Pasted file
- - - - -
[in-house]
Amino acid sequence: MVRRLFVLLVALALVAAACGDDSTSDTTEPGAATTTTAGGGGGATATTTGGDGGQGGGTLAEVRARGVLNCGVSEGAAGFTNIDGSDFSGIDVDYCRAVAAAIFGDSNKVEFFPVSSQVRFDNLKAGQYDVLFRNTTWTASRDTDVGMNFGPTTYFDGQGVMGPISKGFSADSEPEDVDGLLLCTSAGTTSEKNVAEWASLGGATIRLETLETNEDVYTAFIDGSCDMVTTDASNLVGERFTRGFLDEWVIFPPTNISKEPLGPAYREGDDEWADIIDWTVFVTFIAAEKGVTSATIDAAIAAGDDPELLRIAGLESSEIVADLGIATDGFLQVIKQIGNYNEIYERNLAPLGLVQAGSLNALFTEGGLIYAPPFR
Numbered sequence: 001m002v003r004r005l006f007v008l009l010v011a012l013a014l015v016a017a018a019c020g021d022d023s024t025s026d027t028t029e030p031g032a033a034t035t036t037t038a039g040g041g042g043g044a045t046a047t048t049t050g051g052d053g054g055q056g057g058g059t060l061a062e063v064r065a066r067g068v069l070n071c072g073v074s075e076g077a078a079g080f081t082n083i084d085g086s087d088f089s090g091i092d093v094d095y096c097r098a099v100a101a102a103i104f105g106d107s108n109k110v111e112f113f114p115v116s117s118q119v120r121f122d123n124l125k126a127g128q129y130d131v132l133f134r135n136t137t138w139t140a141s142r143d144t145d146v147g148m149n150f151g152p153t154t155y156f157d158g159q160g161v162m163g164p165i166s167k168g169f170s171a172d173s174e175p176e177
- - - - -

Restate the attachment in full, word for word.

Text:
[in-house]
Amino acid sequence: MVRRLFVLLVALALVAAACGDDSTSDTTEPGAATTTTAGGGGGATATTTGGDGGQGGGTLAEVRARGVLNCGVSEGAAGFTNIDGSDFSGIDVDYCRAVAAAIFGDSNKVEFFPVSSQVRFDNLKAGQYDVLFRNTTWTASRDTDVGMNFGPTTYFDGQGVMGPISKGFSADSEPEDVDGLLLCTSAGTTSEKNVAEWASLGGATIRLETLETNEDVYTAFIDGSCDMVTTDASNLVGERFTRGFLDEWVIFPPTNISKEPLGPAYREGDDEWADIIDWTVFVTFIAAEKGVTSATIDAAIAAGDDPELLRIAGLESSEIVADLGIATDGFLQVIKQIGNYNEIYERNLAPLGLVQAGSLNALFTEGGLIYAPPFR
Numbered sequence: 001m002v003r004r005l006f007v008l009l010v011a012l013a014l015v016a017a018a019c020g021d022d023s024t025s026d027t028t029e030p031g032a033a034t035t036t037t038a039g040g041g042g043g044a045t046a047t048t049t050g051g052d053g054g055q056g057g058g059t060l061a062e063v064r065a066r067g068v069l070n071c072g073v074s075e076g077a078a079g080f081t082n083i084d085g086s087d088f089s090g091i092d093v094d095y096c097r098a099v100a101a102a103i104f105g106d107s108n109k110v111e112f113f114p115v116s117s118q119v120r121f122d123n124l125k126a127g128q129y130d131v132l133f134r135n136t137t138w139t140a141s142r143d144t145d146v147g148m149n150f151g152p153t154t155y156f157d158g159q160g161v162m163g164p165i166s167k168g169f170s171a172d173s174e175p176e177